Financial statements are tools for communicating financial information about a company to people outside the business. A company’s three primary financial statements are the balance sheet, the income statement and the statement of cash flows. Of these three, the income statement is often considered to be the most important tool for communicating and measuring the success of the business.

What is an Income Statement?

An income statement reports a company’s revenue, expenses and profit or loss during a specific accounting period. Income statements are also known as statements of earnings, statements of income, net income statements, profit and loss statements or simply “P&Ls,” among other names.

Key Takeaways

  • An income statement includes a company’s revenue, expenses, gains, losses and profit for a specific accounting period.
  • A company’s income statement is often considered the most important tool for communicating financial information to people outside the business.
  • Income statements are used by managers, investors, lenders, and analysts to assess a company’s profitability, growth and efficiency. They are also used to compare different companies.
  • Income statements can be produced in several formats, each providing a different level of detail about the company’s operations.

Income statement vs. balance sheet

The company’s three main financial statements—the income statement, balance sheet and cash flow statement—each serve a different purpose, although they are interrelated.

A balance sheet provides a snapshot of the value of a company’s assets, liabilities and equity at a specific point in time, typically the last day of an accounting period. Managers, investors and lenders often analyze balance sheets when evaluating how much a business is worth.

In contrast, an income statement provides a dynamic view of the business over a period of time—typically a month, quarter or year. It shows the revenue and profit generated from operations as well as other gains and losses. Investors and other stakeholders examine income statements to see how profitably leaders run a business.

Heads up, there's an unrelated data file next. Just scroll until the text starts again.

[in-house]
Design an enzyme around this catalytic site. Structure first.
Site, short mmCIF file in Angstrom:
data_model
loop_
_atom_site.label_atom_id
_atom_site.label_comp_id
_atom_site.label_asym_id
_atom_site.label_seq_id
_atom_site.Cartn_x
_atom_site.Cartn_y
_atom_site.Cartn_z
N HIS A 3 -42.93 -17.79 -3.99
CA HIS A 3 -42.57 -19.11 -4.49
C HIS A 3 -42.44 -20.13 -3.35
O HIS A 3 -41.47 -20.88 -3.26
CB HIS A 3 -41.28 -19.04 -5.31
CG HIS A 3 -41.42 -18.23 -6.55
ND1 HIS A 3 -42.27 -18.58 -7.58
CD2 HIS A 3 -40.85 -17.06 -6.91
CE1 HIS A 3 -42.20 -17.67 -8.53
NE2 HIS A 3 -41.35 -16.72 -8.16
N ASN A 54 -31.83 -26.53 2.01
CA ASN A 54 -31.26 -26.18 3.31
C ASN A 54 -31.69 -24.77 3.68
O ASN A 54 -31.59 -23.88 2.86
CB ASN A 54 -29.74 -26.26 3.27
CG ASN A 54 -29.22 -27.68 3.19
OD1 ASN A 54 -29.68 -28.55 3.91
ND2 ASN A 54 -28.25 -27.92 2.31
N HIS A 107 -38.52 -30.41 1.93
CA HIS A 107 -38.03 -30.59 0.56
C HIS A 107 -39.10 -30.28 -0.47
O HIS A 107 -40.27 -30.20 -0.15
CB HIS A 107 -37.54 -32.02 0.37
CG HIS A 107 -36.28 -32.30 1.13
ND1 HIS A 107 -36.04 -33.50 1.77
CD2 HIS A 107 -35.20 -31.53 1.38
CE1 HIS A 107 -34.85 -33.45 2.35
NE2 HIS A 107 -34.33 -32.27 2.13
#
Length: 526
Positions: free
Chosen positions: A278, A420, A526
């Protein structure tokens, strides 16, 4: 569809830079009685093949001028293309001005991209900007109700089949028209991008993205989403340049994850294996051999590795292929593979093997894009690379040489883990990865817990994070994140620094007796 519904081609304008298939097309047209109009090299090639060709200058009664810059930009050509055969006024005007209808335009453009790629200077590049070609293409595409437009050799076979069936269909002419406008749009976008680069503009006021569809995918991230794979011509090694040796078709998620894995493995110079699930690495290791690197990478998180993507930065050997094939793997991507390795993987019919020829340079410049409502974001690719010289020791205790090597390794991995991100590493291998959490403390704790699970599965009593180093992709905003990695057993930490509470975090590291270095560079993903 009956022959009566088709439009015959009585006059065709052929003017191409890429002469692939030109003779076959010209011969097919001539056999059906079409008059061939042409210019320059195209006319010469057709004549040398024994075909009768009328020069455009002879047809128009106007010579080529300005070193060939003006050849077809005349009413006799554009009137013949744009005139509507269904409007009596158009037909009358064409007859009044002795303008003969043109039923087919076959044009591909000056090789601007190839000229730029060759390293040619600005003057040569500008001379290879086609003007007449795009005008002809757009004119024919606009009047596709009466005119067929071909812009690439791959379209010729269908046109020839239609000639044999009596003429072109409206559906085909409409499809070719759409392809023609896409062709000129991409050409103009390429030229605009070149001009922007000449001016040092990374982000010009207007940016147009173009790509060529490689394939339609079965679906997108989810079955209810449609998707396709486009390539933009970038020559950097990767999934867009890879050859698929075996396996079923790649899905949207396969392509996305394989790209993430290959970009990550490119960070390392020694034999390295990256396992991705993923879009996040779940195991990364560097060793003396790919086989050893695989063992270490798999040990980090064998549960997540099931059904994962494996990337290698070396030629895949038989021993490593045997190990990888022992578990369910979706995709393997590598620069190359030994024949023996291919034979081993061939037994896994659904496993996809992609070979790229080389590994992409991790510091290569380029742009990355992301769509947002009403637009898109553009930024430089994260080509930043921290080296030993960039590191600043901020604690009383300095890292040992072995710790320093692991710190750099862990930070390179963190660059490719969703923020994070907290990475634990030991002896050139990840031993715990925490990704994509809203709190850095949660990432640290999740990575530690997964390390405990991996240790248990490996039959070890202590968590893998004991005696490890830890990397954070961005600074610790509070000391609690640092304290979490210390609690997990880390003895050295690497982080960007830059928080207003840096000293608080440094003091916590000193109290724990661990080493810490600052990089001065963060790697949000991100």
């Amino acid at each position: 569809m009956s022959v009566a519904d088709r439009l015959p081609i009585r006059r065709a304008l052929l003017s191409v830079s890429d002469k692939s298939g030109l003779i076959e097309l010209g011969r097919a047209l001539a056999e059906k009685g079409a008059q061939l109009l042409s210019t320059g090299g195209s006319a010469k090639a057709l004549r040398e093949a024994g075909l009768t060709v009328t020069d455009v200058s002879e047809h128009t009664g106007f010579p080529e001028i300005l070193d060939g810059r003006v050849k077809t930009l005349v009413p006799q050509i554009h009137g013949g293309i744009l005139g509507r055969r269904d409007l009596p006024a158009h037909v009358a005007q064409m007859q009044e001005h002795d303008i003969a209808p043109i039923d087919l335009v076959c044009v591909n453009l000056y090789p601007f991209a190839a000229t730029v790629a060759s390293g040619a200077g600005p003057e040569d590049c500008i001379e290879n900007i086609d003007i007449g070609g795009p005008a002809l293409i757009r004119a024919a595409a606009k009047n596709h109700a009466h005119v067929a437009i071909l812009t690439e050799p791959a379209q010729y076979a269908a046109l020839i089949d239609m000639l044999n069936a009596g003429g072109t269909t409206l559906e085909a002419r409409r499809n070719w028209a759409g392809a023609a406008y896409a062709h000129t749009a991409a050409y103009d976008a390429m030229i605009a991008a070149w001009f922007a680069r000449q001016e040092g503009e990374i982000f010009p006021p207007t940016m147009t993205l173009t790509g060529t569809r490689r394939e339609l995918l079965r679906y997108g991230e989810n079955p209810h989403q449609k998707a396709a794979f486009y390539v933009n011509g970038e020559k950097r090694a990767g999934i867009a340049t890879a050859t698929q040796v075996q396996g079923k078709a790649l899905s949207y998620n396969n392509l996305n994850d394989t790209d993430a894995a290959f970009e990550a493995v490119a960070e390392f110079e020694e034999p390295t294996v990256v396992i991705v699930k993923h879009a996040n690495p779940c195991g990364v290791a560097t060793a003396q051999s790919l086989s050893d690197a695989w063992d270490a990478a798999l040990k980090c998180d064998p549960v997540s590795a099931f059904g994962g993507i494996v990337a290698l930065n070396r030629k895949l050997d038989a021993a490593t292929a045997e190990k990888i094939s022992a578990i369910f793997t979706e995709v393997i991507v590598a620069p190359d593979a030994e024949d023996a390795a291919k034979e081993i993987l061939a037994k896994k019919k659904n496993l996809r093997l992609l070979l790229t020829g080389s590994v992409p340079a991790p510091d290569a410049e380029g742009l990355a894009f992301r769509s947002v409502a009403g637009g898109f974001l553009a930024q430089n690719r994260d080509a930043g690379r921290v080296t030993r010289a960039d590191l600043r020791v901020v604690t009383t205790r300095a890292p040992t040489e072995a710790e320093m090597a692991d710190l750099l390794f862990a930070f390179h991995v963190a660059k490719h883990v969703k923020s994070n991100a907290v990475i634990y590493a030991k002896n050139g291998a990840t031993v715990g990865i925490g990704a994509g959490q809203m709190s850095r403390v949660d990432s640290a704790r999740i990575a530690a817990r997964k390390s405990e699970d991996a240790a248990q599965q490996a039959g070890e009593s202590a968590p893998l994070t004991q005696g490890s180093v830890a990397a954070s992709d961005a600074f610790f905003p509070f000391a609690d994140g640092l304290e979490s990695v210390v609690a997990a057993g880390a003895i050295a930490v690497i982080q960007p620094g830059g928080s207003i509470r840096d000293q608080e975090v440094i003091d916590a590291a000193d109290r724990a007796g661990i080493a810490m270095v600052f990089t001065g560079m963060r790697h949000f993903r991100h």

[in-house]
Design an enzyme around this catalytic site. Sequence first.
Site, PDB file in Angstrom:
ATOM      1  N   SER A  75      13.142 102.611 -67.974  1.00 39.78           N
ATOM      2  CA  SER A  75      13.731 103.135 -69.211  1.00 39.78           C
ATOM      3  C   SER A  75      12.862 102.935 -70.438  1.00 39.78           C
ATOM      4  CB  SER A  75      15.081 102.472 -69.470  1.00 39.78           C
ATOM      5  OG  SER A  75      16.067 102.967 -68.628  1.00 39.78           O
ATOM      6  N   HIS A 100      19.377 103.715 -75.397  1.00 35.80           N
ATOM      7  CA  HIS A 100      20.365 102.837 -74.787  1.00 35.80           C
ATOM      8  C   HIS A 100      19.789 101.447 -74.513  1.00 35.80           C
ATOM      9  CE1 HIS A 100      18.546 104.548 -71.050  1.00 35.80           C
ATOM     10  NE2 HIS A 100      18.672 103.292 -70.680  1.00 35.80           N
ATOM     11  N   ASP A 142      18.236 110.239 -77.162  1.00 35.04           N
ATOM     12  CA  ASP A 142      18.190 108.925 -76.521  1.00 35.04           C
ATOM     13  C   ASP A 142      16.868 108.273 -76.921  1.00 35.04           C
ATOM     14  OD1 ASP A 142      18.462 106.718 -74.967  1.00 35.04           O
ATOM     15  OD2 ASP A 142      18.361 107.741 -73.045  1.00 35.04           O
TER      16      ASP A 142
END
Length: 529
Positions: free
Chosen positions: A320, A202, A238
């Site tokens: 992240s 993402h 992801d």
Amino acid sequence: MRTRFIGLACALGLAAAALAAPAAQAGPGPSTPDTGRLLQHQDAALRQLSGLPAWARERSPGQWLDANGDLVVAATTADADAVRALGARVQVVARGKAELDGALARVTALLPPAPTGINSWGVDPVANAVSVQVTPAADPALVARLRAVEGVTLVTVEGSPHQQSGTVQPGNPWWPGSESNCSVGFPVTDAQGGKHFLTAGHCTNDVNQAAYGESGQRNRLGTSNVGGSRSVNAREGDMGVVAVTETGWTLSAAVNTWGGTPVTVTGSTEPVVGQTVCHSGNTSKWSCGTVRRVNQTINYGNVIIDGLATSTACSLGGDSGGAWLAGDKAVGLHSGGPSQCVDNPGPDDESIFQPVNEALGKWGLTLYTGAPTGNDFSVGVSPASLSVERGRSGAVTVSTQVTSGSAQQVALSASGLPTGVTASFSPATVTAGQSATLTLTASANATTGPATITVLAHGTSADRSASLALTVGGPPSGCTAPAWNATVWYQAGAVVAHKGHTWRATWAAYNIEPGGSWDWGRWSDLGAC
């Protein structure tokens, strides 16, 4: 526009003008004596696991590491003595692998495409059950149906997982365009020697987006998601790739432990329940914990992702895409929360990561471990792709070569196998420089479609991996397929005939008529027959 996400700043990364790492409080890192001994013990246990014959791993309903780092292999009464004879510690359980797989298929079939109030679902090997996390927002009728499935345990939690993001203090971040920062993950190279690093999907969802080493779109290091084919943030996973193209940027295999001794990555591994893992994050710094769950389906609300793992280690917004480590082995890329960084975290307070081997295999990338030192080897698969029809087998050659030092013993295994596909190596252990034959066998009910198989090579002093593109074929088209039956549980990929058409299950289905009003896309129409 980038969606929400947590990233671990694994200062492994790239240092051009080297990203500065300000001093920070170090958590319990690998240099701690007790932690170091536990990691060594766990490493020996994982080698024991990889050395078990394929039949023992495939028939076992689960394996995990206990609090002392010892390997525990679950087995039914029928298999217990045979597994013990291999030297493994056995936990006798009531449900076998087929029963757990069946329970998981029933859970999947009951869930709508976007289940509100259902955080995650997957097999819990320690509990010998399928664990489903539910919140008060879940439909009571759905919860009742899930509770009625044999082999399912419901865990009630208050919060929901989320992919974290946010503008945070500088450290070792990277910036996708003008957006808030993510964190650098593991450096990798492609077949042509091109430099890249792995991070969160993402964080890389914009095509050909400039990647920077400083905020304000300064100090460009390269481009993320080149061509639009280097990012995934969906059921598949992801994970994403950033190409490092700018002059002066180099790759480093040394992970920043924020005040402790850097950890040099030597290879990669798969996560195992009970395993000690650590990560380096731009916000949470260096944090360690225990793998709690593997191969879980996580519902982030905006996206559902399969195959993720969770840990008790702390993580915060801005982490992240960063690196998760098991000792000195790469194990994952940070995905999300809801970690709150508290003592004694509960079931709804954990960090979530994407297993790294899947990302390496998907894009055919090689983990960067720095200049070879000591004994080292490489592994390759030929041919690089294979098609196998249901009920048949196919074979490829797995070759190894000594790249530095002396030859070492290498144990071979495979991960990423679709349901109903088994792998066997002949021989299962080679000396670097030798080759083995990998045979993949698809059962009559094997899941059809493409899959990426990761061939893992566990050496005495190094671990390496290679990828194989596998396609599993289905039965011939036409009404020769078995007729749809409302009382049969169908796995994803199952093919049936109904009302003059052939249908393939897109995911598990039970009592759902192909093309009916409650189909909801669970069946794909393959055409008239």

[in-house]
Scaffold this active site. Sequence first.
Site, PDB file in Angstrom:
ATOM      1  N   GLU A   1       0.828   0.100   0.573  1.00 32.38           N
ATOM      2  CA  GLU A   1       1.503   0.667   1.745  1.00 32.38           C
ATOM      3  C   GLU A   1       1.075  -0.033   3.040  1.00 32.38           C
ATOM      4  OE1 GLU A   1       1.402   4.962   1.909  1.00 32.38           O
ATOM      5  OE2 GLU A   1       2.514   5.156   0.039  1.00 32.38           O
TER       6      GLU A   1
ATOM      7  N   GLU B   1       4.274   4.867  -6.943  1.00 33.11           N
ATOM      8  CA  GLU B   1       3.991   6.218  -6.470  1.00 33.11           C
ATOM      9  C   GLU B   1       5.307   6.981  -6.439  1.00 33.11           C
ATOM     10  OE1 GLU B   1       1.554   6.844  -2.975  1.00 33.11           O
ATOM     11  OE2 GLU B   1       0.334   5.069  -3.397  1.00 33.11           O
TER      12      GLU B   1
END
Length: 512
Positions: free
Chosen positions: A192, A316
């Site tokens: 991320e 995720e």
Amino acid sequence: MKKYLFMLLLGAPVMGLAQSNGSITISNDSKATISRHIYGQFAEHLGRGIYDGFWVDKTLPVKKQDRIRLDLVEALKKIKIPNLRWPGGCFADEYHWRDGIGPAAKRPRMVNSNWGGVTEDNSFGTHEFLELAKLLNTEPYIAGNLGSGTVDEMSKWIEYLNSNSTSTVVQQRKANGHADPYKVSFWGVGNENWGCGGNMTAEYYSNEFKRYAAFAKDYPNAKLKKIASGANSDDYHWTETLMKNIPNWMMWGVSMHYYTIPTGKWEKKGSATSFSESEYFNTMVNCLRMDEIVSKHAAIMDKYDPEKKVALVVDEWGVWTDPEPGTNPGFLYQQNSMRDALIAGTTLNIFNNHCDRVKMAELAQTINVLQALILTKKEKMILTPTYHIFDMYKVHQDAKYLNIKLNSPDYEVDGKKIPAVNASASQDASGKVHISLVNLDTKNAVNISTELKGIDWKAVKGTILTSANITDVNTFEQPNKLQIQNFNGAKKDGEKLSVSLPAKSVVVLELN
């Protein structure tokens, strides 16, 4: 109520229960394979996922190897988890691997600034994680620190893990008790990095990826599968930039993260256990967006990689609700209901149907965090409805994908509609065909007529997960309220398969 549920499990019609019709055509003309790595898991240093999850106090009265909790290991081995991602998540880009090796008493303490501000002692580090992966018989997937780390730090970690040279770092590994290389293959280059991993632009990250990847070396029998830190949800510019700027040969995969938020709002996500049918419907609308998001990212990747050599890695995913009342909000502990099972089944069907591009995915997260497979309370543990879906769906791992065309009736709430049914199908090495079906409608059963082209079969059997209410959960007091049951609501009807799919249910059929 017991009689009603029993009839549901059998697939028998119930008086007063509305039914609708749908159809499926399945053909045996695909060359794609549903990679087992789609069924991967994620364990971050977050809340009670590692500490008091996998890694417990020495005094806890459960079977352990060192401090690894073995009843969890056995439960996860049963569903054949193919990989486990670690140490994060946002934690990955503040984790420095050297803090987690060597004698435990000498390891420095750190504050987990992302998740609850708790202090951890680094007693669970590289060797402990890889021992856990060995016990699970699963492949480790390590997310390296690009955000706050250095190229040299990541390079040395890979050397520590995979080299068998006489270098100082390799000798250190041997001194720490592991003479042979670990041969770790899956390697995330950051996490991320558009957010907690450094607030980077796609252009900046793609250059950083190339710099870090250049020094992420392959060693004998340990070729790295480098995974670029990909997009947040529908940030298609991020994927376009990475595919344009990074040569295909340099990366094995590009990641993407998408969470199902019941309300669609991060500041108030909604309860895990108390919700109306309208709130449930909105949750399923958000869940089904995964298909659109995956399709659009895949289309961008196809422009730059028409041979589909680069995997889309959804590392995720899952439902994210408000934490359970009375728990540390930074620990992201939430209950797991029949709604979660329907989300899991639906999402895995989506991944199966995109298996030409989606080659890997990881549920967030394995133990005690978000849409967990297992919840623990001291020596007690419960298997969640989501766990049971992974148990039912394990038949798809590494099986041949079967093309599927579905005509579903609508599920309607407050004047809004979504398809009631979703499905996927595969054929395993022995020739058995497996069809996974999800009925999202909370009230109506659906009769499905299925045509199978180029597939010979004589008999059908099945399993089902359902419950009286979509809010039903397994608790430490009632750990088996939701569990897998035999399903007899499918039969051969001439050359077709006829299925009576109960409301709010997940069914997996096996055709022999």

The headings on these financial statements reflect the fact that a balance sheet is a snapshot taken at the end of a period, while an income statement reflects activities over the entire period. For example, a quarterly balance sheet might show assets and liabilities “as of Dec. 31,” while the corresponding income statement shows profit “for the three months ending Dec. 31.”

In both income statements and balance sheets, line items are often grouped into natural categories to help make the statements easier to read and help stakeholders find specific items of interest. Balance sheets list current assets, long-term assets, total assets, current liabilities, long term liabilities, total liabilities and accumulated retained earnings (or shareholder’s equity). Income statements show revenue, gains, expenses, losses and net income.

Income Statement Explained

Income statements present a great deal of information about a company’s activities during a specific period. It may be tempting to focus on “the bottom line”—the amount of net income—but there’s useful information throughout the entire income statement, from top to bottom.

By categorizing this data, the income statement can provide deeper insights into the company’s earnings. For example, separating operating expenses from one-time charges, such as a loss due to theft or natural disaster, can provide a better indication of the company’s likely future expense levels and profitability.

Why is an income statement important for your business?

Income statements are essential tools for communicating financial information to people outside the business. A company can present its income statement as evidence of its financial performance in order to obtain loans and investments, for example.

For the company’s managers, the income statement highlights the results of the company’s operating activities, including the critical relationship between revenue, expenses and profitability. This can help identify potential problems and areas that need improvement.

How are income statements used?

Income statements are used by a variety of people outside and inside the company.

Investors are among the biggest users of income statements. They examine a company’s historical performance, as reported on income statements, to determine its investment value and creditworthiness and to help predict its future success. While past results don’t guarantee future success, they are the most common way of gauging the economic value of a business and the likelihood of repayment of debt.